Can you talk a bit about how the COVID-19 pandemic appears to have impacted the deadly overdose epidemic, particularly with synthetic drugs?

At the beginning of the COVID-19 pandemic, experts were very concerned about the impact of COVID-19 on individuals with opioid and substance use disorder for many reasons, including social isolation, reduced access to treatment, economic impact of the pandemic, etc. Unfortunately, many of these worries are now realized with overdose deaths in Canada doubling and in the U.S. increasing by 37% above and beyond the long-term exponential growth. I have studied the COVID-19 patterns extensively since the start of the pandemic. I am planning on exploring this “collision” as data on the drug epidemic is starting to become available. At this time, it is too early to judge if COVID’s impact on substance use is short-term or if it will last long after the pandemic recedes.

Your research has shown that the drug overdose epidemic is hardly a new phenomenon, and the impact of the ongoing opioid crisis is widely known. Why are drug policies in North America still failing to effectively address this corrosive phenomenon?

What is important to understand is that the drug markets are highly dynamic with new synthetic drugs constantly being developed. These synthetic drugs impose a tremendous challenge to the traditional drug control policies. They are cheaper, easier to conceal and easier to synthesize compared to plant-based drugs.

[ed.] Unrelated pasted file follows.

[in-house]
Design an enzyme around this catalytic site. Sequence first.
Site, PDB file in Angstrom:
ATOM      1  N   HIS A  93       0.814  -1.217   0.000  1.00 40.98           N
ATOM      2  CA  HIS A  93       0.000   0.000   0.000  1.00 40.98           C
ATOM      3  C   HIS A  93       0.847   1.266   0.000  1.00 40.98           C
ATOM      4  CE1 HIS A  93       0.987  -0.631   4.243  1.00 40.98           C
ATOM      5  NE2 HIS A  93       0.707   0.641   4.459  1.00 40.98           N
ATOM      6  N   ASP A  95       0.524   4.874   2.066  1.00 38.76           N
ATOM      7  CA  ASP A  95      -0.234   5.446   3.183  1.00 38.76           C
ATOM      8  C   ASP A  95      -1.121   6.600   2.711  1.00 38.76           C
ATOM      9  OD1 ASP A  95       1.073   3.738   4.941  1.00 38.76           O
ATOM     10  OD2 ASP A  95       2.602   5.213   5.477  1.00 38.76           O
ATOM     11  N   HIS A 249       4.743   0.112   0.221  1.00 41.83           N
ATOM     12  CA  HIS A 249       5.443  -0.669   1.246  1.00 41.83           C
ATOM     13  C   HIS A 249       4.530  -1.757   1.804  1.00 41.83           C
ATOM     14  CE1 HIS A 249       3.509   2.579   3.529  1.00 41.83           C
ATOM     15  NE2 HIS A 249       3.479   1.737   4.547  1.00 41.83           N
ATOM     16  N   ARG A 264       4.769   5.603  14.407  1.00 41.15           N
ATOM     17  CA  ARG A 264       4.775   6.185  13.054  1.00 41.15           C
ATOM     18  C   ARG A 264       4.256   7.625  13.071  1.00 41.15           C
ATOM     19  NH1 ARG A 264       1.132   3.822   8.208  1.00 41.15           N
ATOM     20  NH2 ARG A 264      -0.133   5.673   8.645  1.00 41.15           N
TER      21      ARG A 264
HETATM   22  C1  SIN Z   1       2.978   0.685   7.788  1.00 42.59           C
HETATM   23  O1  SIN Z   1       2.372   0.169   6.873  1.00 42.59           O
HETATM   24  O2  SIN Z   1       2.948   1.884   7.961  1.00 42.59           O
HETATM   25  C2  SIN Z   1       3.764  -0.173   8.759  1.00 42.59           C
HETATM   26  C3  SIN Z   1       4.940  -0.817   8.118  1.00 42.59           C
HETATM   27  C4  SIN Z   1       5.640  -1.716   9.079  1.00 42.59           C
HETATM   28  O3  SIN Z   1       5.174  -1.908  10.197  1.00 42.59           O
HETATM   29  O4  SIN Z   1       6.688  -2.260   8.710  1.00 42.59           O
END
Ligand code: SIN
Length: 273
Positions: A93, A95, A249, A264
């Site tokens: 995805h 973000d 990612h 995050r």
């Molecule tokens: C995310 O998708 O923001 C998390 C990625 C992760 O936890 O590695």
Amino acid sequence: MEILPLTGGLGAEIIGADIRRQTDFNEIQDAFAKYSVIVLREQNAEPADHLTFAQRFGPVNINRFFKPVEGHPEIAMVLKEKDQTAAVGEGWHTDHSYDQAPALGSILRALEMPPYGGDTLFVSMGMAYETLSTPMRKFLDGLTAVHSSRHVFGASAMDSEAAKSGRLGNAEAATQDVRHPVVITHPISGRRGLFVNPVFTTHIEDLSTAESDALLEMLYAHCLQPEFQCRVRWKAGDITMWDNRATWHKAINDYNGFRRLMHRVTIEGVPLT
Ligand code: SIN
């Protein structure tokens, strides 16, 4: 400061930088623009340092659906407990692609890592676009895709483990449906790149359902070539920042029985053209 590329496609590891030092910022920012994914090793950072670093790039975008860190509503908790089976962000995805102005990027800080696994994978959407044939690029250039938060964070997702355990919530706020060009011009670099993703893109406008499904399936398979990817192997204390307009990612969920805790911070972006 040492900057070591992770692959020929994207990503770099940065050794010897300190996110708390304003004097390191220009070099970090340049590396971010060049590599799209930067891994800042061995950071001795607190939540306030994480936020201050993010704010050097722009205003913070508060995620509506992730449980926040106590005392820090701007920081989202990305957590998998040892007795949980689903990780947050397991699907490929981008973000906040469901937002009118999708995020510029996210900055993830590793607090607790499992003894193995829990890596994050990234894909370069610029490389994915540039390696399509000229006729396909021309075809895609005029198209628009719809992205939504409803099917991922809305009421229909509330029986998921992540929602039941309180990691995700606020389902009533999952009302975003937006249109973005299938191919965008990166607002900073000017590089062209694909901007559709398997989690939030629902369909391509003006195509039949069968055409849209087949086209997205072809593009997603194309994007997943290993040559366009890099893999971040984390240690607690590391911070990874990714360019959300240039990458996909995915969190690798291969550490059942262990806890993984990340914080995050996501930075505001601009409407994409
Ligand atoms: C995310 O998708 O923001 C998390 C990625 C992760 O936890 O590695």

In addition, most of our policies have been focused on medical interventions, focusing on increased treatment access and overdose reversal availability (e.g., Naloxone). While these interventions are highly important, their scale may not be sufficient to curb the growth curve. While every effort should be made to increase treatment access, we need to appreciate that the marginal increase is unlikely to change the trajectory of the drug and overdose epidemic. In addition, most of the focus of treatments and the overdose reversal drugs can only work against opioids, we currently do not have any real option for treatment of, or reversal of, other drugs such as methamphetamine.

Furthermore, producers of synthetic illicit drugs are more successful in evading control policies because unlike the plant-based drugs, the synthetic drugs are much easier to produce in small spaces with only a handful of chemists compared to large fields for plant-based drugs. All these factors make it especially challenging to fight the drug epidemic with the conventional approaches.

Anything you’d like to share about yourself that might be interesting to the wider uOttawa community?

I have a wide range of expertise in various fields including health economic evaluations, decision sciences and operations research. I enjoy borrowing methods from various disciplines to answer public health questions. I also enjoy working with large datasets and conducting many of my analyses on raw data to reveal patterns unknown before. I have collaborated with many Canadian agencies while still in the U.S., and I am looking forward to expanding my network while at uOttawa. I believe that uOttawa is strategically located to influence policies and decisions on important public health issues, such as the drug epidemic and COVID-19.

Illegal drugs image

It’s difficult to overstate the heartache wrought by North America’s coast-to-coast drug overdose epidemic. Dr. Hawre Jalal, a physician by background and a health services researcher by training, specializes in teasing out important insights about this pressing public health issue.

Dr Hawre Jalal

Dr. Hawre Jalal